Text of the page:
Herrando S., Titeux N., Brotons L., Anton M., Ubach A., Villero D., García-Barros E., Munguira M.L., Godinho C., Stefanescu C. (2019) Contrasting impacts of precipitation on Mediterranean birds and butterflies. Scientific Reports. 9: 0-0.EnllaçDoi: 10.1038/s41598-019-42171-4
The climatic preferences of the species determine to a large extent their response to climate change. Temperature preferences have been shown to play a key role in driving trends in animal populations. However, the relative importance of temperature and precipitation preferences is still poorly understood, particularly in systems where ecological processes are strongly constrained by the amount and timing of rainfall. In this study, we estimated the role played by temperature and precipitation preferences in determining population trends for birds and butterflies in a Mediterranean area. Trends were derived from long-term biodiversity monitoring data and temperature and precipitation preferences were estimated from species distribution data at three different geographical scales. We show that population trends were first and foremost related to precipitation preferences both in birds and in butterflies. Temperature preferences had a weaker effect on population trends, and were significant only in birds. The effect of precipitation on population trends operated in opposite directions in the two groups of species: butterfly species from arid environments and bird species from humid habitats are decreasing most. Our results indicate that, although commonly neglected, water availability is likely an important driver of animal population change in the Mediterranean region, with highly contrasting impacts among taxonomical groups. © 2019, The Author(s).
HERRANDO S., BROTONS L., ANTON M., PARAMO F., VILLERO D., TITEUX N., QUESADA J., STEFANESCU C. (2015) Assessing impacts of land abandonment on Mediterranean biodiversity using indicators based on bird and butterfly monitoring data. Environmental Conservation. : 0-0.EnllaçDoi: 10.1017/S0376892915000260
In Europe, and particularly in the Mediterranean Basin, the abandonment of traditional land-use practices has been reported as one of the main causes of decline for open-habitat species. Data from large-scale bird and butterfly monitoring schemes in the north-east Iberian Peninsula were used to evaluate the impact that land abandonment has had on local biodiversity. Species’ habitat preferences, along a gradient from open to forest habitats, were significantly related to population trends: for both birds and butterflies, open-habitat species showed the most marked declines while forest species increased moderately. Multi-species indicators for tracking the impact of land abandonment on bird and butterfly populations were developed using habitat preference estimates and population trend indices. The patterns shown by these indicators were in line with the changes occurring in forest cover in the monitoring sites. This study reveals that multi-species indicators based on monitoring data from different taxonomic groups (here, birds and butterflies) may usefully be employed to track impacts of environmental change on biodiversity. Copyright © Foundation for Environmental Conservation 2015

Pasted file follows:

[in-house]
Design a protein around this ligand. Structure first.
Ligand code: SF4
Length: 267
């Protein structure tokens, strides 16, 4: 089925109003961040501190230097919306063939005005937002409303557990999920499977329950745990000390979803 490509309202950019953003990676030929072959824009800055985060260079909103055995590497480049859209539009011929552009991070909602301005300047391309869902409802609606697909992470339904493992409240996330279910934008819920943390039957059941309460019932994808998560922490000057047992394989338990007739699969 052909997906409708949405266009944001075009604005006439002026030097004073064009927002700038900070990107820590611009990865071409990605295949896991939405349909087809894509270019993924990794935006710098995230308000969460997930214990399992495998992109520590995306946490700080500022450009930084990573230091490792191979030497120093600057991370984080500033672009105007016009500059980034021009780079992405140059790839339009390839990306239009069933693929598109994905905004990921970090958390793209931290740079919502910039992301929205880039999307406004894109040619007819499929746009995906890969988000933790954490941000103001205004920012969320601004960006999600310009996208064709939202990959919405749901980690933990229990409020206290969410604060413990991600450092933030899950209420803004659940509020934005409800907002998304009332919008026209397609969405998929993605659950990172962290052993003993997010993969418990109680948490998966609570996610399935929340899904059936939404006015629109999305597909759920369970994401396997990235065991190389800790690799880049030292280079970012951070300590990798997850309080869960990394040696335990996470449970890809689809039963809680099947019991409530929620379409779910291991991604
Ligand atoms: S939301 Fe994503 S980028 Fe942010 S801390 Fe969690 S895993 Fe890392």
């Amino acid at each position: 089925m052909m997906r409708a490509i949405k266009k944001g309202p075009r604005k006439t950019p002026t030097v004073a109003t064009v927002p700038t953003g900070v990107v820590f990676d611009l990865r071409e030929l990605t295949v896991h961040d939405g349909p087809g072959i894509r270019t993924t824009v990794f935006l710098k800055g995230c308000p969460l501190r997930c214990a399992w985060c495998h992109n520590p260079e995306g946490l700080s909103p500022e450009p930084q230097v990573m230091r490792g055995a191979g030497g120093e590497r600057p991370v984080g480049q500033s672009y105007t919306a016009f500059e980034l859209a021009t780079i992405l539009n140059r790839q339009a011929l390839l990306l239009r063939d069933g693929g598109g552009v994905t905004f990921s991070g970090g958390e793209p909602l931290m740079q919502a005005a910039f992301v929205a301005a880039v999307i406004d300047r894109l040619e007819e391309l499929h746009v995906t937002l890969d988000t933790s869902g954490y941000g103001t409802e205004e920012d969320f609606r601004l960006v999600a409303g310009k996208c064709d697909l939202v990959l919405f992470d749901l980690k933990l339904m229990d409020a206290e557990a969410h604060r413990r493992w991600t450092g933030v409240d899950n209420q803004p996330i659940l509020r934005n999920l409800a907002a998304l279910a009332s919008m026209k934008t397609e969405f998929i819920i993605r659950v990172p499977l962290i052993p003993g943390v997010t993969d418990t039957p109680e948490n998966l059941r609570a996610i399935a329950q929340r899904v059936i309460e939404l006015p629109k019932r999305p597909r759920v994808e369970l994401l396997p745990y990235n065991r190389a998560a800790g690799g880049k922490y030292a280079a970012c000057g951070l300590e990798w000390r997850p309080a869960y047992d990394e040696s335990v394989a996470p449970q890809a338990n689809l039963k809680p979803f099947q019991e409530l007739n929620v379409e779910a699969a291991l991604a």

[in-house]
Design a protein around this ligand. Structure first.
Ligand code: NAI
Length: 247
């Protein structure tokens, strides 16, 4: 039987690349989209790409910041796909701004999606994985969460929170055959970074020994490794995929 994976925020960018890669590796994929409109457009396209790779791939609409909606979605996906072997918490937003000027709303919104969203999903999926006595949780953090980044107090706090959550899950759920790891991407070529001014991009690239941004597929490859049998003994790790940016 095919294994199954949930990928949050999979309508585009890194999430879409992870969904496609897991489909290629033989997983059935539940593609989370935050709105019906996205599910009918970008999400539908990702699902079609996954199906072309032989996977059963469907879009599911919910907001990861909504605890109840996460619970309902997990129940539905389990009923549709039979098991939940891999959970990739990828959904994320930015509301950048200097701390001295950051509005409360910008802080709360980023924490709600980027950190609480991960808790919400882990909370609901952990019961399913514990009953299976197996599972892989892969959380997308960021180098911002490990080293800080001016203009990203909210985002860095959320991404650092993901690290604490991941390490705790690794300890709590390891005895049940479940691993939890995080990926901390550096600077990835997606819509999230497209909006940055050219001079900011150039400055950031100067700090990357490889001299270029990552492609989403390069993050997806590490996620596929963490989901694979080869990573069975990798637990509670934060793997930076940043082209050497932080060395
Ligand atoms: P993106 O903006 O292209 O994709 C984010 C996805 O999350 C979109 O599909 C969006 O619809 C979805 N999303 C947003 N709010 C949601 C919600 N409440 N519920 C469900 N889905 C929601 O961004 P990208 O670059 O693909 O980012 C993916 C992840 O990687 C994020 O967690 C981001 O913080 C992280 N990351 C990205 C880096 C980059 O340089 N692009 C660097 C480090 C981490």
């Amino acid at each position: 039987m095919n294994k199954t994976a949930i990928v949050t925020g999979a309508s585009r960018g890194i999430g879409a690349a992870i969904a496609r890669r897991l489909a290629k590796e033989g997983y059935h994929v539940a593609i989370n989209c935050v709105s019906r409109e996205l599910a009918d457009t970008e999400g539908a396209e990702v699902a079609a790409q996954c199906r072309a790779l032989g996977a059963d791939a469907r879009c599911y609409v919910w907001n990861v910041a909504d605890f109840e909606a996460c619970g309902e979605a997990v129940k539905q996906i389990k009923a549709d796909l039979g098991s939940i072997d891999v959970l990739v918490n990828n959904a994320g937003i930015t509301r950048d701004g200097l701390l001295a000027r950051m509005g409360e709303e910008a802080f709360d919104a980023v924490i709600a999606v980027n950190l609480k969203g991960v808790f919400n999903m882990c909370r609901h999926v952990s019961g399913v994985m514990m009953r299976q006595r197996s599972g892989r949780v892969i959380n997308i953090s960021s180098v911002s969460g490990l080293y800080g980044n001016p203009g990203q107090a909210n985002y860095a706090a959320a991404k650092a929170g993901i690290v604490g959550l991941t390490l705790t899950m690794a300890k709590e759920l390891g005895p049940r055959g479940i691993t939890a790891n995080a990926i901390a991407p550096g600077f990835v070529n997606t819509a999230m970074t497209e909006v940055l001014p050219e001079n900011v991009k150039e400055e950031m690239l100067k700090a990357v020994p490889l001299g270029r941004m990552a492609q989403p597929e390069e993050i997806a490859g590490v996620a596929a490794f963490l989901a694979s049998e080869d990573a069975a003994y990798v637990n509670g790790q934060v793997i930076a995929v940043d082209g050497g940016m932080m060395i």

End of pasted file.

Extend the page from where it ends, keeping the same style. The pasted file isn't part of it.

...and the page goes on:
Carnicer J., Brotons L., Stefanescu C., Peñuelas J. (2012) Biogeography of species richness gradients: Linking adaptive traits, demography and diversification. Biological Reviews. 87: 457-479.EnllaçDoi: 10.1111/j.1469-185X.2011.00210.x
Here we review how adaptive traits contribute to the emergence and maintenance of species richness gradients through their influence on demographic and diversification processes. We start by reviewing how demographic dynamics change along species richness gradients. Empirical studies show that geographical clines in population parameters and measures of demographic variability are frequent along latitudinal and altitudinal gradients. Demographic variability often increases at the extremes of regional species richness gradients and contributes to shape these gradients. Available studies suggest that adaptive traits significantly influence demographic dynamics, and set the limits of species distributions. Traits related to thermal tolerance, resource use, phenology and dispersal seem to play a significant role. For many traits affecting demography and/or diversification processes, complex mechanistic approaches linking genotype, phenotype and fitness are becoming progressively available. In several taxa, species can be distributed along adaptive trait continuums, i.e. a main axis accounting for the bulk of inter-specific variation in some correlated adaptive traits. It is shown that adaptive trait continuums can provide useful mechanistic frameworks to explain demographic dynamics and diversification in species richness gradients. Finally, we review the existence of sequences of adaptive traits in phylogenies, the interactions of adaptive traits and community context, the clinal variation of traits across geographical gradients, and the role of adaptive traits in determining the history of dispersal and diversification of clades. Overall, we show that the study of demographic and evolutionary mechanisms that shape species richness gradients clearly requires the explicit consideration of adaptive traits. To conclude, future research lines and trends in the field are briefly outlined. © 2011 The Authors. Biological Reviews © 2011 Cambridge Philosophical Society.
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